Falling Down Anyone?

It was bound to happen. Every cyclist experiences it. Riding fast on two thin wheels will catch up with you. It was still raining as I made a left turn onto Oak Grove Church Road. I crossed over the painted lines which divided the road and the two months of accumulated road oil gave no traction to those thin wheels. I laid my bike over and skidded across the asphalt. As I lay in the intersection (luckily no cars were coming) a wave of fear washed over me, and like every cyclists (and here I’m thinking motorcyclist, too) my first though was, “How’s my bike?” It was a little dinged up – but now it can be called “battle-scared.” I sat up and made a mental check of all the pain I was feeling. Anything broken? Nope, just road rash and some sore joints. Then the sadness, relief, fear, and embarrassment washed over me. Heart still pounding, I climbed back on my bike and went home. I almost quit riding that day.

There’s something about a fall – the violence, the disgracefulness, the lack of control, the pain, the shame – it can be heart breaking. King David knew something about falling down. He wrote in Psalm 40, “I waited patiently for the Lord; he turned to me and heard my cry. He lifted me out of the slimy pit, out of the mud and mire; he set my feet on a rock and gave me a firm place to stand.” For David, it wasn’t simply that he fell; David fell into something. And David didn’t just fall into something, he fell into a trap –a muddy pit that he couldn’t get out of. When trapped in an inescapable place, the temptation is to quit; what else is there to do? David did the only things he could do: he cried out to the Lord, and he waited patiently. David’s response to his circumstance was not to demand justice – pleading his rights and privileges. Rather, David belonged in that pit, and he knew it. He had, after all, taken another man’s wife and murdered her husband to hide his own sin. David had no foothold on grounds of ‘rights,’ he slipped and fell into the trap. However, he could plead on grounds of his need and on God’s character – this is what it means to trust in God; it is to cast yourself on the mercy of the judge. But before you can cast yourself on the mercy of the judge, you’ve got to own that your only hope is to be an object of mercy.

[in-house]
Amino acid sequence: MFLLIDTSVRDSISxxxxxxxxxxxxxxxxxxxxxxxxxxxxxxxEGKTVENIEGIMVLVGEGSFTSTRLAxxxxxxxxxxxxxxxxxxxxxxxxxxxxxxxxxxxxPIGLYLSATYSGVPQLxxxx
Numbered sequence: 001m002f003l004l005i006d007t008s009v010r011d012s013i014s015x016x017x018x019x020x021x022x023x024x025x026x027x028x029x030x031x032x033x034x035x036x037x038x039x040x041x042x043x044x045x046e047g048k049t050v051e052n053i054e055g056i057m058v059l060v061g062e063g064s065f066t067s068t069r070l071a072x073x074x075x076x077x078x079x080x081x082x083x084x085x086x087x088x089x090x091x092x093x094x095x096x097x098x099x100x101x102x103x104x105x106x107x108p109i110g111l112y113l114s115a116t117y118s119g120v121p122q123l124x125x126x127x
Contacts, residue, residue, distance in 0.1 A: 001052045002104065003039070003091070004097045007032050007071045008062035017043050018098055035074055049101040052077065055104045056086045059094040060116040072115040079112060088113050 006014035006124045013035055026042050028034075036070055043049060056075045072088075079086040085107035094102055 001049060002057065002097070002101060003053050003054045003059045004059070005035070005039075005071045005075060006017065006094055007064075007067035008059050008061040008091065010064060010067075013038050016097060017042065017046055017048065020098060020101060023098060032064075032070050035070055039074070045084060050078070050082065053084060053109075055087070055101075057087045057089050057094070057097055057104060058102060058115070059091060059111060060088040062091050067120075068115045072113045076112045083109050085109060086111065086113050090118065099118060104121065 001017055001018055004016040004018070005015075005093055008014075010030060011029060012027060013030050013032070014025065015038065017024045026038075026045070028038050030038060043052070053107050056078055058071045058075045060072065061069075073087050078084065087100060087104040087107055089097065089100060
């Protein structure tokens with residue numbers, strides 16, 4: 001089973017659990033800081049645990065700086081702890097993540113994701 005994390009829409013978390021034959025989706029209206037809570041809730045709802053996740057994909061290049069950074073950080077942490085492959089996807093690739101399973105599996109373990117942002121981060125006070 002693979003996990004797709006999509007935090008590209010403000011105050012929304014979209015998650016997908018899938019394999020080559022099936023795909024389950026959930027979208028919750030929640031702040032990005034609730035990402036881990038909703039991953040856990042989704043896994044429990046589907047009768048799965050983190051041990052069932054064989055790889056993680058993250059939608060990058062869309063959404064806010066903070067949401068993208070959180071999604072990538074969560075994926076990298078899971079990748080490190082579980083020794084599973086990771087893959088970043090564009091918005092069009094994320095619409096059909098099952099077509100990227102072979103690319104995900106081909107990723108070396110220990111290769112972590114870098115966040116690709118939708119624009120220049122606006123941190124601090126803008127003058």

David experienced the shame of sin. He writes that his enemies around him, were saying, “Aha! Aha!” David owns the shame of what he has done, and he must. How could he ask for mercy if he didn’t? He exchanges the shame of sin for the shame of grace and what Paul called the “shame of the cross.” David embraces the fact, that he is the weak link. David doesn’t know God because David is worth knowing (by all human wisdom, David was worth knowing – he was the king after all). Rather, David owns that God is the kind of God who wants to be known – even to a person like David, and as that kind of God, God must ‘take the hit’ to be known. It is God’s mercy demonstrated in his graciousness that moves David to sing a new song and to delight in the “wonders you have done.”
As I climbed back on my bike and as onlookers inquired if I was okay – I had to own it. I’m the kind of person who falls, and as such, am the kind of person who needs mercy. It’s a kick in gut to realize that. All my pretense of “putting up with others,” of “carrying their load,” it’s a smoke screen: I’m the weakest link. Exchanging the shame and the fear of the shame of falling for the shame of grace is such a relief. To know that Jesus, loved me and gave himself for me, puts a new song in my heart and feels like standing on solid ground. Today, if you find yourself in a muddy pit, exchange the shame of sin for the shame of grace: cry out to Him and wait patiently for Him, you’ll soon feel the firmness of His provision underneath you.
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About randamir

I pastor Grace Presbyterian Church in Kernersville, North Carolina which locals fondly refer to as K-vegas -- the town not the church. As D.T. Niles once said, "I am not important except to God."

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